Is coral richness related to community resistance to and recovery from disturbance?

Zhang, Stacy Y., Speare, Kelly E., Long, Zachary T., McKeever, Kimberly A., Gyoerkoe, Megan, Ramus, Aaron P., Mohorn, Zach, Akins, Kelsey L., Hambridge, Sarah M., Graham, Nicholas A.J., Nash, Kirsty L., Selig, Elizabeth R., and Bruno, John F. (2014) Is coral richness related to community resistance to and recovery from disturbance? PeerJ, 2. e308. pp. 1-12.

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Abstract

More diverse communities are thought to be more stable-the diversity-stability hypothesis-due to increased resistance to and recovery from disturbances. For example, high diversity can make the presence of resilient or fast growing species and key facilitations among species more likely. How natural, geographic biodiversity patterns and changes in biodiversity due to human activities mediate community-level disturbance dynamics is largely unknown, especially in diverse systems. For example, few studies have explored the role of diversity in tropical marine communities, especially at large scales. We tested the diversity-stability hypothesis by asking whether coral richness is related to resistance to and recovery from disturbances including storms, predator outbreaks, and coral bleaching on tropical coral reefs. We synthesized the results of 41 field studies conducted on 82 reefs, documenting changes in coral cover due to disturbance, across a global gradient of coral richness. Our results indicate that coral reefs in more species-rich regions were marginally less resistant to disturbance and did not recover more quickly. Coral community resistance was also highly dependent on pre-disturbance coral cover, probably due in part to the sensitivity of fast-growing and often dominant plating acroporid corals to disturbance. Our results suggest that coral communities in biodiverse regions, such as the western Pacific, may not be more resistant and resilient to natural and anthropogenic disturbances. Further analyses controlling for disturbance intensity and other drivers of coral loss and recovery could improve our understanding of the influence of diversity on community stability in coral reef ecosystems.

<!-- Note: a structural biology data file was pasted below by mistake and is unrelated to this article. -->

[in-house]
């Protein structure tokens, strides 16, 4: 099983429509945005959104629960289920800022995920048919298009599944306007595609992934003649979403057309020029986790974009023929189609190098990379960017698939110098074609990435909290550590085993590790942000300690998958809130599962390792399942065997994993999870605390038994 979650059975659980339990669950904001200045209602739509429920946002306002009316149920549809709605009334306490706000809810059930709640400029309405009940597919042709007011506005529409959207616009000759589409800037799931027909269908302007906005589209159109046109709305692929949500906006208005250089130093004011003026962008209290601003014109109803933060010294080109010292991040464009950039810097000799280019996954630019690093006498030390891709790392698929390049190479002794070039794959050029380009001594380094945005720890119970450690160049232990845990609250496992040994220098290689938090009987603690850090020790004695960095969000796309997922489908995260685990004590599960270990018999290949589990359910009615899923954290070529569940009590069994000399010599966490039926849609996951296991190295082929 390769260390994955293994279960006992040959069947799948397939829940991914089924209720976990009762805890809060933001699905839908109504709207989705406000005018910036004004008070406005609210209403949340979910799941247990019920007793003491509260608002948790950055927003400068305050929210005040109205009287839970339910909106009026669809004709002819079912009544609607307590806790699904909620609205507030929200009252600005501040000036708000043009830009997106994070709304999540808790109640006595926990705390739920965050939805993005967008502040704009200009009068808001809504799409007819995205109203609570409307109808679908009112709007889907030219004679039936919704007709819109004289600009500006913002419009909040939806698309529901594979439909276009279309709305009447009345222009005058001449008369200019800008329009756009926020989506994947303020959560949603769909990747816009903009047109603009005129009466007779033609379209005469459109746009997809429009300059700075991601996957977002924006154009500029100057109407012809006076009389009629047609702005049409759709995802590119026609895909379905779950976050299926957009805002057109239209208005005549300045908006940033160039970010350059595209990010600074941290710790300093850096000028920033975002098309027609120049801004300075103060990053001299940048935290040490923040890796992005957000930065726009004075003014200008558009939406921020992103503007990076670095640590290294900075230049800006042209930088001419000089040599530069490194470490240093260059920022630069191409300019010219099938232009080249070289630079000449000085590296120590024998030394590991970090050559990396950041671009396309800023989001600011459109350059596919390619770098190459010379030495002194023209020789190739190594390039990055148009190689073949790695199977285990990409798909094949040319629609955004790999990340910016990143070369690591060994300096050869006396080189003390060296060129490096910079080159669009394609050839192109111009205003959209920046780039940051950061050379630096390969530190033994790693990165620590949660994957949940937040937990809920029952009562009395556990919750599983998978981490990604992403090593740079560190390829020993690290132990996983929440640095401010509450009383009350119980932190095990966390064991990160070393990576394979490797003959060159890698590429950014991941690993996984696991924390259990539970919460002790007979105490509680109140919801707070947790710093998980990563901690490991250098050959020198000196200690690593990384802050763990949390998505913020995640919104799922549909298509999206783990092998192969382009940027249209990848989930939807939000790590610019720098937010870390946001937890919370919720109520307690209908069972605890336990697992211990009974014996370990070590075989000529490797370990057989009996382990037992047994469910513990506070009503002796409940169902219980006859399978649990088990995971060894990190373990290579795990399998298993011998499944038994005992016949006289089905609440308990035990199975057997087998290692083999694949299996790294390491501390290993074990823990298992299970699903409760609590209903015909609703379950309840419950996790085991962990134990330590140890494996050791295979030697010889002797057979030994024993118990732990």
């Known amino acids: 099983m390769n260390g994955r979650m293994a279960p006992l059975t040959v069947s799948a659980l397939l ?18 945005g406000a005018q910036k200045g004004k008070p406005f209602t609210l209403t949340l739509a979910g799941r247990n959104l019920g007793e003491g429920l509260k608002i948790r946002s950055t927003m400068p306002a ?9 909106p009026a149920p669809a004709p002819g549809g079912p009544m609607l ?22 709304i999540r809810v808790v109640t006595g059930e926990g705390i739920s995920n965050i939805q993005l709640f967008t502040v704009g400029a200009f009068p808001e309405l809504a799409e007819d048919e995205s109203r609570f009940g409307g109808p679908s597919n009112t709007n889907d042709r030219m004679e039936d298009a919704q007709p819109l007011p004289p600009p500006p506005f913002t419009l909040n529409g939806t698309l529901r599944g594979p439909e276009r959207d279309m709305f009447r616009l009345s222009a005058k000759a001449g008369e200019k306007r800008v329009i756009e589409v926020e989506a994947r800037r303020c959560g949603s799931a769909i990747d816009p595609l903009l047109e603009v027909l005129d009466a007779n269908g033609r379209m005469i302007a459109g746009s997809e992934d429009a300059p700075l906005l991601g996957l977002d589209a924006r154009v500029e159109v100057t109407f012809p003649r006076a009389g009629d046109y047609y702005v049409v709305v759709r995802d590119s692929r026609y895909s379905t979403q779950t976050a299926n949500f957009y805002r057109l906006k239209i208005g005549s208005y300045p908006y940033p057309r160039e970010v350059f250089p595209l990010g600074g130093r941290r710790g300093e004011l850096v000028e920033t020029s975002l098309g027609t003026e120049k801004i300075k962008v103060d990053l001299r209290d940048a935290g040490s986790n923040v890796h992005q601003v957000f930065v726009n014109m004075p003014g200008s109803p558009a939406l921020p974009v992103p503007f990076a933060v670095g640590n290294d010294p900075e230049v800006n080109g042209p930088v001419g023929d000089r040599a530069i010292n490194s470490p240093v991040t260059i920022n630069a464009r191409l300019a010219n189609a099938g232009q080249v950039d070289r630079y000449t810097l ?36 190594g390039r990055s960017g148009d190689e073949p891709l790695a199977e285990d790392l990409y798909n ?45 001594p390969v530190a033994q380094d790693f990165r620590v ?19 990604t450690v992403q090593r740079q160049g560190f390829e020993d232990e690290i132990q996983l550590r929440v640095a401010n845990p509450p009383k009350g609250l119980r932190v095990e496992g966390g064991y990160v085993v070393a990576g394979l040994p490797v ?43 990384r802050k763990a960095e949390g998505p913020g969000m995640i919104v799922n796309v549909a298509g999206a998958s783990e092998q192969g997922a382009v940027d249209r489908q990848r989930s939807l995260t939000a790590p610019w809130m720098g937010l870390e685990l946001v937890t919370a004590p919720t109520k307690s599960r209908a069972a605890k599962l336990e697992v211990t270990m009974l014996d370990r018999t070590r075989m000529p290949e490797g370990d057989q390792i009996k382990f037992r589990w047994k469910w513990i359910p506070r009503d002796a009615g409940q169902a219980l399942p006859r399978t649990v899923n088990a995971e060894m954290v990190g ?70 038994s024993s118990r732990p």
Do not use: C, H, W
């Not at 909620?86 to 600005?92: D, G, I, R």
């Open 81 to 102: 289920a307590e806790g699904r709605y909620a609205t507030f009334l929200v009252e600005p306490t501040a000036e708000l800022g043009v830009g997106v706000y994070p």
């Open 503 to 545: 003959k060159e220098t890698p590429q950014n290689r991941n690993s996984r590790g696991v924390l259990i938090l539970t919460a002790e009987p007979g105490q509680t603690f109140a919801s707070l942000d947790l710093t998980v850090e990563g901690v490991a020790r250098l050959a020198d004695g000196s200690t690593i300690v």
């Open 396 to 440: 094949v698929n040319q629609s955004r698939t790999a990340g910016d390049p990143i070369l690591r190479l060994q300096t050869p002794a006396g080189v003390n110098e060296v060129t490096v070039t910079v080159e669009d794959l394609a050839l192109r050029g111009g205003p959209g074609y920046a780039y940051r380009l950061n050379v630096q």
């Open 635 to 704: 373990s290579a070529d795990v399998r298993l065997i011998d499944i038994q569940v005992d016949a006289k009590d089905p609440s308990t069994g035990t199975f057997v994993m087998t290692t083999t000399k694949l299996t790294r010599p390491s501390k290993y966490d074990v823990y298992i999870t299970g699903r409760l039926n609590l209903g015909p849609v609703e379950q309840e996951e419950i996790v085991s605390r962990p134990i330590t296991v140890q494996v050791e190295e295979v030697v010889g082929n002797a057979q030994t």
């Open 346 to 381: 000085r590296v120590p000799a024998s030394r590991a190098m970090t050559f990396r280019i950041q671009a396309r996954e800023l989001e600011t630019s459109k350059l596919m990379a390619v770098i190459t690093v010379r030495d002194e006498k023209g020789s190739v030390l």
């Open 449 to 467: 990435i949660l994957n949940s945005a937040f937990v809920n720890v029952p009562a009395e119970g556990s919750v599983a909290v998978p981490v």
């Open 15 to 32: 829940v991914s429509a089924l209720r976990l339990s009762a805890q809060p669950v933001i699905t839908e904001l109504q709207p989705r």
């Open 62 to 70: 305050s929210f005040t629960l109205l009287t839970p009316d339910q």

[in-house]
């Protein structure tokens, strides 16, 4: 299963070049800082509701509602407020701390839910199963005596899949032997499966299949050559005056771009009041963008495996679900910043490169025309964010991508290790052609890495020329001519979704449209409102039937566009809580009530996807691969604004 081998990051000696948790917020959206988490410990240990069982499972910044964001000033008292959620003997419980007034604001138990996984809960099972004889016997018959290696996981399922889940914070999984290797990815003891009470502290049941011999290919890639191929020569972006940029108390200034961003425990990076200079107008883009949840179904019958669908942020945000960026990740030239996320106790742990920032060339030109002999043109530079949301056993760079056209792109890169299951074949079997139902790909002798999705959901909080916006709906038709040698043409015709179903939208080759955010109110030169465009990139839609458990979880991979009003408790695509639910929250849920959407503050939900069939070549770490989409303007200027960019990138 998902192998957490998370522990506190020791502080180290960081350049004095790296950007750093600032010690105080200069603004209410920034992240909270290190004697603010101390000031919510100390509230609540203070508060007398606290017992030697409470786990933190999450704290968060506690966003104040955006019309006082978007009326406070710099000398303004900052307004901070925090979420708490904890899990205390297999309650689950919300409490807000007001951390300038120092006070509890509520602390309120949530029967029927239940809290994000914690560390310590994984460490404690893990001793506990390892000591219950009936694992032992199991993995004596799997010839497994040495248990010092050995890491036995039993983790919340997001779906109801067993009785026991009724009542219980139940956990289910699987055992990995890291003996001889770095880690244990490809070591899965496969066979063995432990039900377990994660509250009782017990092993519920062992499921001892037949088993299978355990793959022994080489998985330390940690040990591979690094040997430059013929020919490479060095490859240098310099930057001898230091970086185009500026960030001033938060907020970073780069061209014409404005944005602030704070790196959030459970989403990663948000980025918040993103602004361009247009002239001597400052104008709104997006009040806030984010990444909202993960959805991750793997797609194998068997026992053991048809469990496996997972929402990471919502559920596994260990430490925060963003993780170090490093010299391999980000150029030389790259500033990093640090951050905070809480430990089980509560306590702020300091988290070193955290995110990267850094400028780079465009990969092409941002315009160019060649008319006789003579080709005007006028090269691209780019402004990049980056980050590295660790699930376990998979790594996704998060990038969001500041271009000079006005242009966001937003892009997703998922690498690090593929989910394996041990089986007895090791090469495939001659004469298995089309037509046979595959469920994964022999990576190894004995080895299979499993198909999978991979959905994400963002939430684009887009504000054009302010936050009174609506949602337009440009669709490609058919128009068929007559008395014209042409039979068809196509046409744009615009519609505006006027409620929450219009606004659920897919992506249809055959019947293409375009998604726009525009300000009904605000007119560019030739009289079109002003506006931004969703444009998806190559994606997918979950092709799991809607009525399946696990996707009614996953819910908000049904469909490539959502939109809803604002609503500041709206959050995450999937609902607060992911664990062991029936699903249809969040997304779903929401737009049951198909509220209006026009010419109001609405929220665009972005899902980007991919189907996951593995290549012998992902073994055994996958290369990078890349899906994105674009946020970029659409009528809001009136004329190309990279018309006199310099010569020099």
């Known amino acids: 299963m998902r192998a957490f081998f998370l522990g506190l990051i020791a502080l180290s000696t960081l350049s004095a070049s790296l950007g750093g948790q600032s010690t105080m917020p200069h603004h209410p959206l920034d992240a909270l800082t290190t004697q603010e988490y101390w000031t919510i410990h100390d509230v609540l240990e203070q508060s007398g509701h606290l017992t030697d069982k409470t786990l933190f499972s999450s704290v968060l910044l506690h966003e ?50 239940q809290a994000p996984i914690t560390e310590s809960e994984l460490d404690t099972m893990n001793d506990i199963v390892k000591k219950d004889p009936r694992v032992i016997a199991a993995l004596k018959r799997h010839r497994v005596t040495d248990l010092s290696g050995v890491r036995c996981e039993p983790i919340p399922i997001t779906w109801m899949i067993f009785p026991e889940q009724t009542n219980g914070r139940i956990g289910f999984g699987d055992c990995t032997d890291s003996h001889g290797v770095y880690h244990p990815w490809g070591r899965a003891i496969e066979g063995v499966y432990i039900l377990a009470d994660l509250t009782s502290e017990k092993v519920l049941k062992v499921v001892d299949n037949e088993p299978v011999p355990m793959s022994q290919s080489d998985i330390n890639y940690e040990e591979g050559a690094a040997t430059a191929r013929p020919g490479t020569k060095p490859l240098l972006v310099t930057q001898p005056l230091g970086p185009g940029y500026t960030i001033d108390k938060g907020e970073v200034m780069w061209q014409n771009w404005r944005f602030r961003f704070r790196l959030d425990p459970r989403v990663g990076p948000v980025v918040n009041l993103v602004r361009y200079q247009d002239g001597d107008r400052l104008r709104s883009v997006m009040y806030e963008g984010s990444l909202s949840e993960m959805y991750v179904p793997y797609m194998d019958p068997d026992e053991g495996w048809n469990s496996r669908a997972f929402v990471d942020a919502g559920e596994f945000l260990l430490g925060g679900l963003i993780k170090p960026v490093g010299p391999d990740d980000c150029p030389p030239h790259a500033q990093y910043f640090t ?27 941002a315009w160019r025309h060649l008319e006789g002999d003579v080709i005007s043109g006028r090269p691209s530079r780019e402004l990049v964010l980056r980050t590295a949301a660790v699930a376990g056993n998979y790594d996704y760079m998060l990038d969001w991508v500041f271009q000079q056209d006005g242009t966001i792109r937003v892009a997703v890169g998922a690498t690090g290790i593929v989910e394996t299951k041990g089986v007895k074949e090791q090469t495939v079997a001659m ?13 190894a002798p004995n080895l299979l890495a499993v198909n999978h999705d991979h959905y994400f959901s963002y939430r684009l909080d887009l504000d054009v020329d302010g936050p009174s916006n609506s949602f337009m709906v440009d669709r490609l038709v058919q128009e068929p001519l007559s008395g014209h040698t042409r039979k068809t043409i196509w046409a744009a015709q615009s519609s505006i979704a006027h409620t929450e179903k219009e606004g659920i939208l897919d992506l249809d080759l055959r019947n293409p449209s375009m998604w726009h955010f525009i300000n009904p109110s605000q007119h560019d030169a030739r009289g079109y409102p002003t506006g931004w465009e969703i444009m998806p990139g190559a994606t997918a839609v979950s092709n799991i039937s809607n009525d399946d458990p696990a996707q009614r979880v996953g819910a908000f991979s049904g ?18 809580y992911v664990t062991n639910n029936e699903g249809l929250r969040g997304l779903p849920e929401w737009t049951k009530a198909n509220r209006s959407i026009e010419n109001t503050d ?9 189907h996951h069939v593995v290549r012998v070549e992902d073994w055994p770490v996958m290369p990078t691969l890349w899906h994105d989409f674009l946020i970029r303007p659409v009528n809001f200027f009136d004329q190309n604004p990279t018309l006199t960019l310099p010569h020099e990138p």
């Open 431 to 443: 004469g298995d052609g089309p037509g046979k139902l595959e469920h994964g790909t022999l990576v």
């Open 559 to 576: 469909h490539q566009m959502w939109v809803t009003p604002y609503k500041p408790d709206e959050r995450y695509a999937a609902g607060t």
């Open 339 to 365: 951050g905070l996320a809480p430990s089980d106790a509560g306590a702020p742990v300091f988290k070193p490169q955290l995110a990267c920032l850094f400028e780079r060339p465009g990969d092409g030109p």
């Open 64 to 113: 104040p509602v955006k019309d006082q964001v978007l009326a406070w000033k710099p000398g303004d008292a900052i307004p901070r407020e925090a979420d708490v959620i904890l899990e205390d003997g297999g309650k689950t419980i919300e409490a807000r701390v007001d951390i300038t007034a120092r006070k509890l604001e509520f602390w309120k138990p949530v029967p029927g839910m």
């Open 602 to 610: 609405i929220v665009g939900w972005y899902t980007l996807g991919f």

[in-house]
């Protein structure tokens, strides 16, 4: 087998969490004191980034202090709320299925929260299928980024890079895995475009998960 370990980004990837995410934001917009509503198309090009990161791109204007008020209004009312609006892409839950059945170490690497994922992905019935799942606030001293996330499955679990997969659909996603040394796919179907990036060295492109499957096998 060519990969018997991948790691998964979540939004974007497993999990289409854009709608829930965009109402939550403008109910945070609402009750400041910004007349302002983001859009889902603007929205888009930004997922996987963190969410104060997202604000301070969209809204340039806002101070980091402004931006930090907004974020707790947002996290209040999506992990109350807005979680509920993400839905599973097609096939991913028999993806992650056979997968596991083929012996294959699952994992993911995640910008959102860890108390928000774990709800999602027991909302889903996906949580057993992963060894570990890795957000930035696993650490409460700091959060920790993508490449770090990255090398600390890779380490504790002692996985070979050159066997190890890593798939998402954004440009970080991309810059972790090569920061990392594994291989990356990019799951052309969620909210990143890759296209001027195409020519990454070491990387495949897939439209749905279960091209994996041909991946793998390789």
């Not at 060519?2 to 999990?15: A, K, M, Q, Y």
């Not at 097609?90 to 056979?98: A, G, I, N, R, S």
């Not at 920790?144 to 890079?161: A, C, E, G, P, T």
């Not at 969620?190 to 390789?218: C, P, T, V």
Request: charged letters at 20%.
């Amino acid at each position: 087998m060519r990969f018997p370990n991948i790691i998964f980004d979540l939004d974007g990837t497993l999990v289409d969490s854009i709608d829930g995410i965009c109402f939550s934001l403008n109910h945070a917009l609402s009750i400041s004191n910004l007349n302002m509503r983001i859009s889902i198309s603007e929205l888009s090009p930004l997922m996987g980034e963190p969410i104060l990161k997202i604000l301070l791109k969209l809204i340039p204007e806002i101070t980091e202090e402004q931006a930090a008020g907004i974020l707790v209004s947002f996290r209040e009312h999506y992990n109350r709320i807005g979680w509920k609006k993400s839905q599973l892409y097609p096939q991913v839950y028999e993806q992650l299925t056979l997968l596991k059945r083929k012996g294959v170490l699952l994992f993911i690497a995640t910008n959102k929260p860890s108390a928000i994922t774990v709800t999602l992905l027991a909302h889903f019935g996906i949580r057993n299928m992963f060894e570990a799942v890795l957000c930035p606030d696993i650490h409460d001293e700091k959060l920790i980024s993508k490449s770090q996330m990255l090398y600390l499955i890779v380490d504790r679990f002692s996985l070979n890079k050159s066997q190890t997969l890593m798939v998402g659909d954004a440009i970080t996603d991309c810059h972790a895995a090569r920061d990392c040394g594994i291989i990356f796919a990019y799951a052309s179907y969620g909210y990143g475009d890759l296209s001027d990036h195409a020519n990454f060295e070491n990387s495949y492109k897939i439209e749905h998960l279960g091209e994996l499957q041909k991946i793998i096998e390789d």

Item ID: 37466
Item Type: Article (Research - C1)
ISSN: 2167-8359
Keywords: biodiveristy, resilience, stability, coral reef, disturbance, recovery, resistance, community ecology
Additional Information:

© 2014 Zhang et al. This is an open access article distributed under the terms of the Creative Commons Attribution License, which permits unrestricted use, distribution, and reproduction in any medium, provided the original author and source are credited.

Funders: National Science Foundation (NSF), University of North Carolina at Chapel Hill, Queensland Smart Futures Fund
Projects and Grants: NSF #1018291, NSF #1017458
Date Deposited: 11 Feb 2015 07:33
FoR Codes: 06 BIOLOGICAL SCIENCES > 0602 Ecology > 060205 Marine and Estuarine Ecology (incl Marine Ichthyology) @ 25%
06 BIOLOGICAL SCIENCES > 0602 Ecology > 060202 Community Ecology (excl Invasive Species Ecology) @ 50%
05 ENVIRONMENTAL SCIENCES > 0502 Environmental Science and Management > 050202 Conservation and Biodiversity @ 25%
SEO Codes: 96 ENVIRONMENT > 9608 Flora, Fauna and Biodiversity > 960805 Flora, Fauna and Biodiversity at Regional or Larger Scales @ 90%
96 ENVIRONMENT > 9603 Climate and Climate Change > 960305 Ecosystem Adaptation to Climate Change @ 10%
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